KISSIMMEE, FLA. -- Florida is known for producing great college football players. It's a state that almost no school in the country can afford to ignore in recruiting. Elite defensive linemen, great cover corners, electric receivers, legendary running backs and hard-hitting linebackers. Everything but quarterback.
For whatever reason, the adage in recruiting has been "don't come to Florida for quarterbacks." And if the Elite 11 Orlando tour stop was representative of the quarterbacks in the state for the class of 2015, the adage holds true once again. No invites were extended to the Elite 11 finals, and from my vantage point, having covered many of these events in recent years, none were deserved.
Gibson is a no-show
The most disappointing news of the day was the absence of Torrance Gibson, the five-star athlete from Ft. Lauderdale (Fla.) American Heritage. He is insistent on playing quarterback in college, but the 6'4 speedster has predominantly played receiver at recent 7-on-7 events, and I was really looking forward to seeing the extremely raw prospect work with some excellent quarterback coaches and go through the drills.
Of the prospects who did show, there were several who had good days, but none who struck me as nationally elite. There were a lot of fringe prospects. Of course, this is just one event and it is important not to weight camps more than actual work in games.
Francois has the velo
Deondre Francois, of Orlando (Fla.) Olympia was probably the best on the day. He showed very good velocity and a smooth delivery. The issue with Francois, as it was in 2013 (48.8% completions), is that he doesn't always throw receivers a catchable ball. The velocity seems to be there on all throws, and that's not always a good thing. To take the next step, Francois will need to show the ability to throw the ball with the appropriate velocity, arc and position.
A number of schools believe he can do so, as evidenced by his scholarship offers from Auburn, Florida, Florida State, Ohio State, Tennessee and others.
Auburn has been on the 6'1 QB quite a bit. He described his interest in the Tigers as "mid-level," indicating that he needs to take a visit and see more of the program, but added that the Tigers are high on his list and that they are telling him he can "easily" play in the SEC. Francois plans to visit Auburn, Tennessee, Ohio State, Florida State and others in the spring or summer.
Johnson performs well
Florida State commitment De'Andre Johnson of Jacksonville (Fla.) First Coast had a good day as well. Questions about his height persist (he claims 6'1, but I'd estimate more of 6'0), but he has been a known commodity in the state for quite a while. Johnson doesn't have the arm that Francois has, but he does a better job with his accuracy, which is arguably more important.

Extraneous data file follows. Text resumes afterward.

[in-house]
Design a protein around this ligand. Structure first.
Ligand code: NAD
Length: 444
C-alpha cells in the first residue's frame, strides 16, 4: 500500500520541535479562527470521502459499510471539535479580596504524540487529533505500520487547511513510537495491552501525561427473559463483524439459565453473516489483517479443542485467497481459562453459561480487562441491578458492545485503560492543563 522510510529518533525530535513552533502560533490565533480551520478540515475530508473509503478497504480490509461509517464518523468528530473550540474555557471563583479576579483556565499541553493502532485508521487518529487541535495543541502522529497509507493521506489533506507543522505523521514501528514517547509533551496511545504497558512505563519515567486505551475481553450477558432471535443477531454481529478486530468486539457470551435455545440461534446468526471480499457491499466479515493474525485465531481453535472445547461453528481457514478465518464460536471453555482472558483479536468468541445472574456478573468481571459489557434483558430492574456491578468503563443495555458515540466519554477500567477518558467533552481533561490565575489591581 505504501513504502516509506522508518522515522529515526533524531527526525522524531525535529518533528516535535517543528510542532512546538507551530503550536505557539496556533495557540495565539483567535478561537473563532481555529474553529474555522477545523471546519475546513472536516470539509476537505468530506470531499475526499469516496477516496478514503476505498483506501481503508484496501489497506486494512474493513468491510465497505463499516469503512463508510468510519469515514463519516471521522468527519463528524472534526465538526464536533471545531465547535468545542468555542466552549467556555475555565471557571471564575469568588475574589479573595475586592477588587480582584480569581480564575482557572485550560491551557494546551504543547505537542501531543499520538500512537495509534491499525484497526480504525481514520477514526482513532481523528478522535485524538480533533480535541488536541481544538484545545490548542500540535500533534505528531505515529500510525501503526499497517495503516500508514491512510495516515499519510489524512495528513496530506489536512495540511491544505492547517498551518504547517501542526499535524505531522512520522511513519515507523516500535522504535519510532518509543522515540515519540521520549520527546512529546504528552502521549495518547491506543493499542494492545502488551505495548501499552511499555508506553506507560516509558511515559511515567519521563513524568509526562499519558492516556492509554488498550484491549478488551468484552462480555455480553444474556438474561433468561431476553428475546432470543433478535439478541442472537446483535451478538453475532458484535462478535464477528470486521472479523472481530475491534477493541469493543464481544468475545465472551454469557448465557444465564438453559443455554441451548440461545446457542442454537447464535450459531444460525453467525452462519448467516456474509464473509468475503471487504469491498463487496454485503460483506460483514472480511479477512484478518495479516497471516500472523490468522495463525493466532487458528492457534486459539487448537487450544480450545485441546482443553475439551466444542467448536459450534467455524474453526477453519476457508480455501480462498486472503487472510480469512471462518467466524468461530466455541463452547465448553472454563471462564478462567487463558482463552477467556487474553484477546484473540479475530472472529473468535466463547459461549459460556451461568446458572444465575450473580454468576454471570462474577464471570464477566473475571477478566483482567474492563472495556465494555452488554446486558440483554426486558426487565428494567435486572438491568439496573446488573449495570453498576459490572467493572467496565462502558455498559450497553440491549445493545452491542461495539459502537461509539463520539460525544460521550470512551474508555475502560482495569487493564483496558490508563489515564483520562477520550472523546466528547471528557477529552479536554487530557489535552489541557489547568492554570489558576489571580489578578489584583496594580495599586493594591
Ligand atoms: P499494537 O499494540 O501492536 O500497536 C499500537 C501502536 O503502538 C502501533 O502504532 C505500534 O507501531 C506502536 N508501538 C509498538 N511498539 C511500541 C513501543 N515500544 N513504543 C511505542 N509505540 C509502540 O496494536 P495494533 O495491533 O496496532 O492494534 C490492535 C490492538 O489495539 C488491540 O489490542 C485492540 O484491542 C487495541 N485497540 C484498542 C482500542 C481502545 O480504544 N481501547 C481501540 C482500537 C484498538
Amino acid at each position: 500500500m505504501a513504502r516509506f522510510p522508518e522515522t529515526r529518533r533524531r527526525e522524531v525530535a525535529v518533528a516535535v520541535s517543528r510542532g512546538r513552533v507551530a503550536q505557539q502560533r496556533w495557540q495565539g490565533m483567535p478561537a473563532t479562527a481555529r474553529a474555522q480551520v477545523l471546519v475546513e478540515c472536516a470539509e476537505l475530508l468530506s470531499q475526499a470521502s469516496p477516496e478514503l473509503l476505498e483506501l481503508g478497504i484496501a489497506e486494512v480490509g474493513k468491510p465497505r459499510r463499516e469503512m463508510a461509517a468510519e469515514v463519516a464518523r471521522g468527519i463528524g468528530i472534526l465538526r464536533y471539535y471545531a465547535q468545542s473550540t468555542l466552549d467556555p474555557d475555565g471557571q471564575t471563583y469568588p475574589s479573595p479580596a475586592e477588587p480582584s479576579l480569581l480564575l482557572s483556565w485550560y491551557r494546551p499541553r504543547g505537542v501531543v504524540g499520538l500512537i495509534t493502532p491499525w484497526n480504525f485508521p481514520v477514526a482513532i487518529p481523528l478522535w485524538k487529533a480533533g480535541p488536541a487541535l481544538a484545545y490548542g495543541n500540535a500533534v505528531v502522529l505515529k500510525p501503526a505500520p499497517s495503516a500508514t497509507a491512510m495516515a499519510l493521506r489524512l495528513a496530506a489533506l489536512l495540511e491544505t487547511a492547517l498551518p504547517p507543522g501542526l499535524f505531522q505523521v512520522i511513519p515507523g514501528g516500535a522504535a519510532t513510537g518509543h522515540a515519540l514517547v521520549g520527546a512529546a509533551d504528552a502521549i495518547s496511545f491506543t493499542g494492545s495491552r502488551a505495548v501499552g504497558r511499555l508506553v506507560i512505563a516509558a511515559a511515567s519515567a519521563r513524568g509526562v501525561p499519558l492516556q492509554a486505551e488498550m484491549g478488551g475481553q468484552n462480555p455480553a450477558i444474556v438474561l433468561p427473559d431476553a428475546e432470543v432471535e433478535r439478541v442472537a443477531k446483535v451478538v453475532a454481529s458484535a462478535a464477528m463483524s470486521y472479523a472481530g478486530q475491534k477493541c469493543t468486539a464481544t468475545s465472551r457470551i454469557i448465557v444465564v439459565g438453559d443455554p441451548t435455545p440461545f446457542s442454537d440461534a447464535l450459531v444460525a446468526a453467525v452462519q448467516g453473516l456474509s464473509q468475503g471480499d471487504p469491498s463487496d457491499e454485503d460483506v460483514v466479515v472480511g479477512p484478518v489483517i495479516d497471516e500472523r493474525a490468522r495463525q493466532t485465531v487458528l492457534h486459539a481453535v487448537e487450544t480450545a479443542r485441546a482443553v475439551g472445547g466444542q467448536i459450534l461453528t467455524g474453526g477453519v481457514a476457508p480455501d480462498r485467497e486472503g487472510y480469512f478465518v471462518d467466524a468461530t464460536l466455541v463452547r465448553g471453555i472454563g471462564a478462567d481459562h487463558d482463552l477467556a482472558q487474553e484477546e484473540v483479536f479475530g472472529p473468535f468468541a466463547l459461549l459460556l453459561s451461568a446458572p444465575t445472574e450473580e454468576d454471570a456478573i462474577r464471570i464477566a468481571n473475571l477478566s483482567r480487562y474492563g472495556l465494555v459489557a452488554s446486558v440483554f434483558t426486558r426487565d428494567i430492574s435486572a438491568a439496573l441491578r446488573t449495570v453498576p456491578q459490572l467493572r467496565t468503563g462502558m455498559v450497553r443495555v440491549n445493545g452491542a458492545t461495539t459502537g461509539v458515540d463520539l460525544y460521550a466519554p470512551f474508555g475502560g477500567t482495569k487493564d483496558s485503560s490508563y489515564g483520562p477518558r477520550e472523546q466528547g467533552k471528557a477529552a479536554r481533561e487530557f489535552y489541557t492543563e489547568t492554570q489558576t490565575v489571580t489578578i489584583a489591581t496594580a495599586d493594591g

I spoke with Johnson after the event. He said that the Elite 11 staff worked with him on opening up his chest and extending to get the max velocity possible on his throws. Johnson was one of four quarterbacks selected to the last drill known as the pressure cooker, and his performance was one of the better ones in the drill.
Johnson doesn't have plans to visit any other schools as of right now, but said that the schools other than Florida State who are recruiting him the hardest include Nebraska, Clemson and USF. Two west coast schools, Stanford and UCLA, are also getting in the picture, and Florida has recently begun contacting him again as well. Johnson plans to camp again at Florida State over the summer.
He is also recruiting William Sweet, his offensive tackle and a recent Seminoles offer, to come with him to Tallahassee.
Feleipe Franks, of Crawfordville (Fla.) Wakulla, probably has more potential than anyone at the event. While he did not have a great day, the 2016 prospect already holds offers from Alabama, Florida and Florida State. At 6'5 and 210 pounds, he has the frame to be a 240-pound monster and has a free and easy delivery. There is definitely some baseball in his stroke.
Dwayne Lawson, of Tampa (Fla.) Hillsborough County, was more raw than I expected. The 6'5, 210-pounder flashes a big arm, but he is several years away from being at the level at which he could be a starter for some of his top offers like Florida, Ohio State, Miami or Tennessee. He has added recent offers from Michigan State, Nebraska and West Virginia.
The other two quarterbacks who made the pressure cooker final round were Brad Mayes, of Tampa Berkely Prep, and Tanner Hearn, of Orlando (Fla.) East River. Mayes lists offers from Akron and UMass. I think both can play D1 football, but I am not sure if they will be BCS types at this point.
One quarterback I did like quite a bit was Brycen Lee, of Mayo (Fla.) Lafayette. Lee is the quarterback for Jacksonville's Pro Impact 7-on-7 team, and the 6'4, 175-pounder throws a nice, catchable ball with good accuracy. When he fills out, I would expect him to develop more arm strength. I would expect some more FBS schools to offer Lee, as he already claims an offer from Troy.
If I didn't already know that Tucker Israel, of Orlando's Lake Nona, was committed to Clemson, I would not have pegged the 6'0, 190-pounder as a player committed to a program that just played in the Orange bowl. Of course, the event does not favor dual-threat quarterbacks, as it is a passing camp. And Clemson's coaching staff has had an excellent hit rate of late, putting together its best run of seasons since the early '80's.
2016 prospect Rex Culpepper, of powerhouse program Tampa Plant, is one to watch. He showed good arm strength and is the son of former Tampa Bay Buccaneer Brad Culpepper.